#ifdef considered harmful (was: DData)

Jan-Willem Maessen - Sun Labs East Janwillem.Maessen at Sun.COM
Mon Apr 19 15:38:18 EDT 2004

Sven Panne wrote:
> Jan-Willem Maessen - Sun Labs East wrote:
>> [...] The actual problem is function arguments.  GHC can't do
>> worker-wrapper unless a function is strict.  Often we end up with
>> something like this:
>> data Tree a = Branch !Int a (Tree a) (Tree a)
>> lookfor :: Int -> Tree a -> Maybe a
>> lookfor Leaf key = Nothing
>> lookfor (Branch k v l r) key
>>   | key==k    = Just v
>>   | key < k   = lookfor l key
>>   | otherwise = lookfor r key
>> Here we don't use "key" in the first clause, so GHC isn't allowed to
>> unbox.  Most of the uses of Int# that I've seen in library code have
>> been workarounds to this problem. [...]
> If that's the only concern, there is no real problem. One can do:
> a) Help GHC a bit by hand with something like
>       lookfor Leaf key | key == key = Nothing
>    or
>       lookfor Leaf key = key `seq` Nothing
>    Not very nice, but a "traditional" way of improving strictness.

And, of course, we need to remember to do it uniformly everywhere in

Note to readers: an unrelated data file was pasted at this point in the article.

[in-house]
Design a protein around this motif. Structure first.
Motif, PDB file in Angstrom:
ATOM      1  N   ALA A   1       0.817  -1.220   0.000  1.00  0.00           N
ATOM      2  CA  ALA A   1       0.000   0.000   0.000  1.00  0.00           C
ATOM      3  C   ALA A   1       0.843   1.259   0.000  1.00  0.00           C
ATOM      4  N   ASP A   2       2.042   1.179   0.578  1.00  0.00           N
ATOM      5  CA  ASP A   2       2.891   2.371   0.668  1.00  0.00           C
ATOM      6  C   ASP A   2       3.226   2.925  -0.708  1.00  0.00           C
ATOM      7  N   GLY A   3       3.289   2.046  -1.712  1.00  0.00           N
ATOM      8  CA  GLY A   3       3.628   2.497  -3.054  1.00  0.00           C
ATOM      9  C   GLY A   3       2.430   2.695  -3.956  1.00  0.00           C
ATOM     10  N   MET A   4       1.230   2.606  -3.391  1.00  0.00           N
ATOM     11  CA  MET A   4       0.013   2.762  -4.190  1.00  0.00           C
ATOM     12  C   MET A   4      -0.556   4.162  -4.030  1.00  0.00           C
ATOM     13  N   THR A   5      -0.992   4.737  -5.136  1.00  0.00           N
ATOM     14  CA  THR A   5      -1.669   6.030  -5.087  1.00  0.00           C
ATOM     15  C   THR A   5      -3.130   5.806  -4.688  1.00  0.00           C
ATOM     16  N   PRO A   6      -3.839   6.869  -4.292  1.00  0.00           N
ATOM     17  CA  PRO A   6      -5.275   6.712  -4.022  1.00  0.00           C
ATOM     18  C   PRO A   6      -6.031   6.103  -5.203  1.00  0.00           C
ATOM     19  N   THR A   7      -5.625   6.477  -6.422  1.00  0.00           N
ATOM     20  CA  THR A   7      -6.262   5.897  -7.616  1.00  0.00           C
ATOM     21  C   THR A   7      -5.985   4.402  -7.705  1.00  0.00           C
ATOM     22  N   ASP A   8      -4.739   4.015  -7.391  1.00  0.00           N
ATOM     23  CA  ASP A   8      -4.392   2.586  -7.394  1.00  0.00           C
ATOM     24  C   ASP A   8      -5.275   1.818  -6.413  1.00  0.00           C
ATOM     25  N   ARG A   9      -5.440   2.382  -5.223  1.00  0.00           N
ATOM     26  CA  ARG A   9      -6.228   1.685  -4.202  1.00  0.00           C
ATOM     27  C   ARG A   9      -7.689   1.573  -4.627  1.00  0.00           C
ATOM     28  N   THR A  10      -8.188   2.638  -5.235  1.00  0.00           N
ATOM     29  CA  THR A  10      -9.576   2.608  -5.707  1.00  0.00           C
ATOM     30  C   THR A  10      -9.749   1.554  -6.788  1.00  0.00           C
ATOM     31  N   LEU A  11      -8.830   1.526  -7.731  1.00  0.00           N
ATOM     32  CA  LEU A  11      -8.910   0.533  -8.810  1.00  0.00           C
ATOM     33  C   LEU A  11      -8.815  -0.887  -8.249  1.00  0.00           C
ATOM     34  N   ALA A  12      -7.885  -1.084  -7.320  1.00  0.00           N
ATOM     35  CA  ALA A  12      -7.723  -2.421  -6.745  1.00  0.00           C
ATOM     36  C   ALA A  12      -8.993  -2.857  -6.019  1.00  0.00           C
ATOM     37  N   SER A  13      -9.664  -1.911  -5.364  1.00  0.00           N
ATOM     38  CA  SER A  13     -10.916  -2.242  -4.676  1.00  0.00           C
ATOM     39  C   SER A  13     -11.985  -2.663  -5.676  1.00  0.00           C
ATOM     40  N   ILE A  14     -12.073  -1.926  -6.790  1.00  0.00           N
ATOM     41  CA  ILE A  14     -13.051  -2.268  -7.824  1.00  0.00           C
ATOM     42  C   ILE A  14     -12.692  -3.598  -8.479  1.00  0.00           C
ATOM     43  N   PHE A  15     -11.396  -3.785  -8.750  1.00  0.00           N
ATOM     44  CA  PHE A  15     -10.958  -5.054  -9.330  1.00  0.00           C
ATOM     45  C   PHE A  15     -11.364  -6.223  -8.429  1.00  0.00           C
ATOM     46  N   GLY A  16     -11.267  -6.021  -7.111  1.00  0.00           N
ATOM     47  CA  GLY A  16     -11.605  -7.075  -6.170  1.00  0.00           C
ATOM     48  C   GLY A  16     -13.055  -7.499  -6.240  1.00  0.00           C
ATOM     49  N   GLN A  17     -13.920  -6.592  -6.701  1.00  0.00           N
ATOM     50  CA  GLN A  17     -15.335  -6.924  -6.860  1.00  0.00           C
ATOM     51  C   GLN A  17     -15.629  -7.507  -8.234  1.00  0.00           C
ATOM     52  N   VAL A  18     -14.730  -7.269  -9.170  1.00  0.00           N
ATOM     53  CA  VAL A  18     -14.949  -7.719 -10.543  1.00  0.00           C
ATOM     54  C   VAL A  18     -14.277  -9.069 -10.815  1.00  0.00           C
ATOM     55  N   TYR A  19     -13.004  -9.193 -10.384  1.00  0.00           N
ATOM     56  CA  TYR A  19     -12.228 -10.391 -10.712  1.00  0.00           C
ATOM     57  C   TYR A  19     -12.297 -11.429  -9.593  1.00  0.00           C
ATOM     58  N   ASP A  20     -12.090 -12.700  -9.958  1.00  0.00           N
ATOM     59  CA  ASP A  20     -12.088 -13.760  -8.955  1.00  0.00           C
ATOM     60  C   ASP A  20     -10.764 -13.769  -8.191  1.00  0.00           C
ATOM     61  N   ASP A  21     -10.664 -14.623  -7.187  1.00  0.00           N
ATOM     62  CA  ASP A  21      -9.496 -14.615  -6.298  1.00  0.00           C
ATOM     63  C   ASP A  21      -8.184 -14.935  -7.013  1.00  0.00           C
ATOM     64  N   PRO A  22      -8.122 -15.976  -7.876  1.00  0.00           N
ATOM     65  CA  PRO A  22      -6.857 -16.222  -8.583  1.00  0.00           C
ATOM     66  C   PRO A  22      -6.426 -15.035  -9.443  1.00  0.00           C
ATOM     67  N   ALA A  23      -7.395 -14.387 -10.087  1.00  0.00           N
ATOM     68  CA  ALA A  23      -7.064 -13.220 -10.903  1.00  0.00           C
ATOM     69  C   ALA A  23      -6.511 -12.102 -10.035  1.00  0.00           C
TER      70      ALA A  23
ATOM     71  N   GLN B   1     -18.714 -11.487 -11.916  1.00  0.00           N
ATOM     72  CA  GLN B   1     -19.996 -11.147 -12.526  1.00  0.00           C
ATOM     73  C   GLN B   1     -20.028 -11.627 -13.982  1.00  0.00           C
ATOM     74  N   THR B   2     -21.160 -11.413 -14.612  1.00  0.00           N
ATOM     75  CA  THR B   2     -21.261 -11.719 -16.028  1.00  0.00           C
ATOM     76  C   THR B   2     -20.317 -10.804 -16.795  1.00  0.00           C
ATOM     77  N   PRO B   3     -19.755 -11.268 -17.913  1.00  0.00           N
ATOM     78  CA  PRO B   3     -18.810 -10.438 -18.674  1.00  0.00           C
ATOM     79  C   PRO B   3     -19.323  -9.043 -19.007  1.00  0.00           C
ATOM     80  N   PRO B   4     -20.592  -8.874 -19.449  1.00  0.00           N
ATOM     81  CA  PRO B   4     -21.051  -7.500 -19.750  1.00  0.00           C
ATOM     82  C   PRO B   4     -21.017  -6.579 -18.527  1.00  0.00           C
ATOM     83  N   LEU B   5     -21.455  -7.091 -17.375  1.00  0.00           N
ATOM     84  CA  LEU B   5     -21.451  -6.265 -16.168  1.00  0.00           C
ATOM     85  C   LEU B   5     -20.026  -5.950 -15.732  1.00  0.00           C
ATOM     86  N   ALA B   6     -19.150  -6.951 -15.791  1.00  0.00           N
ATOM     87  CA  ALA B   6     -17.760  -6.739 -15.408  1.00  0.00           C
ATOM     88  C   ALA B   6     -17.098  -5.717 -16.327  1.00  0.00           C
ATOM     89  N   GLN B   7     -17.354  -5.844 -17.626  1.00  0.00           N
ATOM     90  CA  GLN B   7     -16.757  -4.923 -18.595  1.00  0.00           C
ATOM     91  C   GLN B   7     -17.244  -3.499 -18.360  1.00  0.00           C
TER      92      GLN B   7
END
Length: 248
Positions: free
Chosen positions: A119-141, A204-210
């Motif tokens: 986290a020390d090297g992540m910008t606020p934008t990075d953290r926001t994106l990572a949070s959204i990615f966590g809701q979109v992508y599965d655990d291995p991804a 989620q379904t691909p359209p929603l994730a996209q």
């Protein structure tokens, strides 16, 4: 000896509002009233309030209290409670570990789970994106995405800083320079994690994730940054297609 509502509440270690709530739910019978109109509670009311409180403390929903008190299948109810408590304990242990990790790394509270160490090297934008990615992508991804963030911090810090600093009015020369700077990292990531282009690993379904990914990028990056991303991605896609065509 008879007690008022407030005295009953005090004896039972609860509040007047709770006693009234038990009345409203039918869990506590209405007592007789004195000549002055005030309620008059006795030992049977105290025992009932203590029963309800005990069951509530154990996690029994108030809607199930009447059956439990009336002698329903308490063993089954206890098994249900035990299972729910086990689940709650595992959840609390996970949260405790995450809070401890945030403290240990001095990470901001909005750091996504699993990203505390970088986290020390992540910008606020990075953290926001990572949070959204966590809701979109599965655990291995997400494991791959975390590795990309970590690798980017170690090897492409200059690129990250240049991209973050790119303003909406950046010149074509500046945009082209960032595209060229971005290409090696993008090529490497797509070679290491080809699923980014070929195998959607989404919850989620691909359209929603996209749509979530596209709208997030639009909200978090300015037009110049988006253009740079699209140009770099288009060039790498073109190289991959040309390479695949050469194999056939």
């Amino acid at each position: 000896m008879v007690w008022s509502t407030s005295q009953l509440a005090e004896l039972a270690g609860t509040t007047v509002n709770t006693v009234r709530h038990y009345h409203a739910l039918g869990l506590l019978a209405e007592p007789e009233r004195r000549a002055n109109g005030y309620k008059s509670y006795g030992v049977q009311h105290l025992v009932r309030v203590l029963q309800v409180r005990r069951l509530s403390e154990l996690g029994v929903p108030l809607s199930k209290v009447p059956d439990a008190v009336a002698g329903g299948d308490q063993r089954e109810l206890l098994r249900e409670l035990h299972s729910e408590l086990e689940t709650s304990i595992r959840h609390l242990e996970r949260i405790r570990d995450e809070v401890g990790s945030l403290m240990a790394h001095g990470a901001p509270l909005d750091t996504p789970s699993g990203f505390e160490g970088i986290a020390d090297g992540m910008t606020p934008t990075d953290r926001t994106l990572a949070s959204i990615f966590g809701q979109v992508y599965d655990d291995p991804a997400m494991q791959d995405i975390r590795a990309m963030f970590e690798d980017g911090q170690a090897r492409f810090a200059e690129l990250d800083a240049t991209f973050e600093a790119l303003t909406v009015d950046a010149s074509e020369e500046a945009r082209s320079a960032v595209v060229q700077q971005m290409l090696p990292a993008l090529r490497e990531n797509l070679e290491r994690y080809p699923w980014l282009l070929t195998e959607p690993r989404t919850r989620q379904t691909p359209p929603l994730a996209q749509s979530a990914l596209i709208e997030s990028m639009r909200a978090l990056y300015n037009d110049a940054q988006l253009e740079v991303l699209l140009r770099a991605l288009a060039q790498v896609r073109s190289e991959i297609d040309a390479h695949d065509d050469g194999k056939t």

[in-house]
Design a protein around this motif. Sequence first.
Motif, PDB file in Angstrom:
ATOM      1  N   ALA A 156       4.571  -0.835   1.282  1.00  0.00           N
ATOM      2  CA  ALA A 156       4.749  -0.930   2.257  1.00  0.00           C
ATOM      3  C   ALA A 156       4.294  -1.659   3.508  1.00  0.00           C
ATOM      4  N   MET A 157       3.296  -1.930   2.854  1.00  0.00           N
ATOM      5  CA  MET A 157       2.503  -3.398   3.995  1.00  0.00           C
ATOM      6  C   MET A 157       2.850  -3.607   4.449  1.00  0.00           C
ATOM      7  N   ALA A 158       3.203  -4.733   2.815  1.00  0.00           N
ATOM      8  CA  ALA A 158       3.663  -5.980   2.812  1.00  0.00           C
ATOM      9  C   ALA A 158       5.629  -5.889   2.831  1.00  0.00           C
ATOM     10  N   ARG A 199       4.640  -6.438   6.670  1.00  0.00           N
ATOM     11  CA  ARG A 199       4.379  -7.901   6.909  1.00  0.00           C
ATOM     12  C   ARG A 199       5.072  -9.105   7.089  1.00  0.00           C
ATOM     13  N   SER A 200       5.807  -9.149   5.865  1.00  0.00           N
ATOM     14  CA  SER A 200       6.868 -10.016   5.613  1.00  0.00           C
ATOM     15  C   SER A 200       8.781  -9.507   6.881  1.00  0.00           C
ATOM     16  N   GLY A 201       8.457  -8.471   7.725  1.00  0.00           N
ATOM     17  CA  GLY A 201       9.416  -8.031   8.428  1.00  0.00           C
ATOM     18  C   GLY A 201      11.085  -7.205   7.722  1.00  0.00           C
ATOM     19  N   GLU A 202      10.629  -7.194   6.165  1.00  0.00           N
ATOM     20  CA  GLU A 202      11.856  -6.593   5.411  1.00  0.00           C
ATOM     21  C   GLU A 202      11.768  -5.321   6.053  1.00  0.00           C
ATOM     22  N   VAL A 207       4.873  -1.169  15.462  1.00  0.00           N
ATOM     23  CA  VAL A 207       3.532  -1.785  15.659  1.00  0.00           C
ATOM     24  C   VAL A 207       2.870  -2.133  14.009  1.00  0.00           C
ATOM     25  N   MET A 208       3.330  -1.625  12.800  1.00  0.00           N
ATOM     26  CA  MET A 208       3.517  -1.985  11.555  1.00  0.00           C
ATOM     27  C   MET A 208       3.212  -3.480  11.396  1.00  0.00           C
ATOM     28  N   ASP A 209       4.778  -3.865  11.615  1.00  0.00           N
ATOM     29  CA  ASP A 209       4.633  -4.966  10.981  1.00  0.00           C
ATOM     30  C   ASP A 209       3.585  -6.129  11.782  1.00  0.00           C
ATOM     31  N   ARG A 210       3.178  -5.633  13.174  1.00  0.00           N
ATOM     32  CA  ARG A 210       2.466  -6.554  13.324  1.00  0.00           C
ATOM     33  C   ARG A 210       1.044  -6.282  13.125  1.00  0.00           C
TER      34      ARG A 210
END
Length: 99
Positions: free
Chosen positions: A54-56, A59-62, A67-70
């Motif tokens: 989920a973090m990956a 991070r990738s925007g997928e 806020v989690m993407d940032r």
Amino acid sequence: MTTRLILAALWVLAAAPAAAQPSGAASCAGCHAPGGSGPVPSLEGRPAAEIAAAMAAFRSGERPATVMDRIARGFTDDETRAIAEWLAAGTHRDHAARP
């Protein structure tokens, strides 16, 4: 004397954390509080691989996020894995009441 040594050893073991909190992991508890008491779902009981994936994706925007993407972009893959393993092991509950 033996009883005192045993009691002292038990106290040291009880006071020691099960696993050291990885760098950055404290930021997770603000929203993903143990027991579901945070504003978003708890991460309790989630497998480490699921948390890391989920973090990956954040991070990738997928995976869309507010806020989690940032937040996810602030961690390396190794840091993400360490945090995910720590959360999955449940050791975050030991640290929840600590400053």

our program.  Figuring out where to put these things isn't always 
easy.  And frankly, I'd love to stamp out the use of equality for 
strictification once and for all.

> b) Use GHC's -O2 flag, enabling specialization over constructors, which
>    is exactly what you're looking for, see the "Game Plan" comment at
>    the beginning of
> http://cvs.haskell.org/cgi-bin/cvsweb.cgi/fptools/ghc/compiler/specialise/SpecConstr.lhs?rev=1.20&content-type=text/x-cvsweb-markup 

I had a fascinating conversation with Simon P-J some years back on 
exactly this subject.  It's a lovely optimization.  But (as you point 
out) I need to do -ddump-simpl (and understand the results) to be sure 
the compiler's done it for me.  Tomorrow, the compiler could (for some 
reason) decide not to do it anymore.  It's all terribly fragile.

Fundamentally, the idea here is to give a library implementor another 
tool to say what they mean.  They can be assured of reasonable-looking 
code that's still tuned to run like the blazes---with the confidence 
of a types backing them up.  They don't have to go crawling through 
their code or the simplifier output a line at a time.   Unboxed types 
were designed with exactly that goal in mind.  But they're not 
portable.  I'm suggesting a lightweight, simple wrapper which would be 
portable.  Perhaps that wrapper should even be named "Int#"!

>    Using "-O2 -ddump-simpl" with your (slightly corrected) example, one
>    can see that the Ints are indeed unboxed during recursion.
> Cheers,
>    S.

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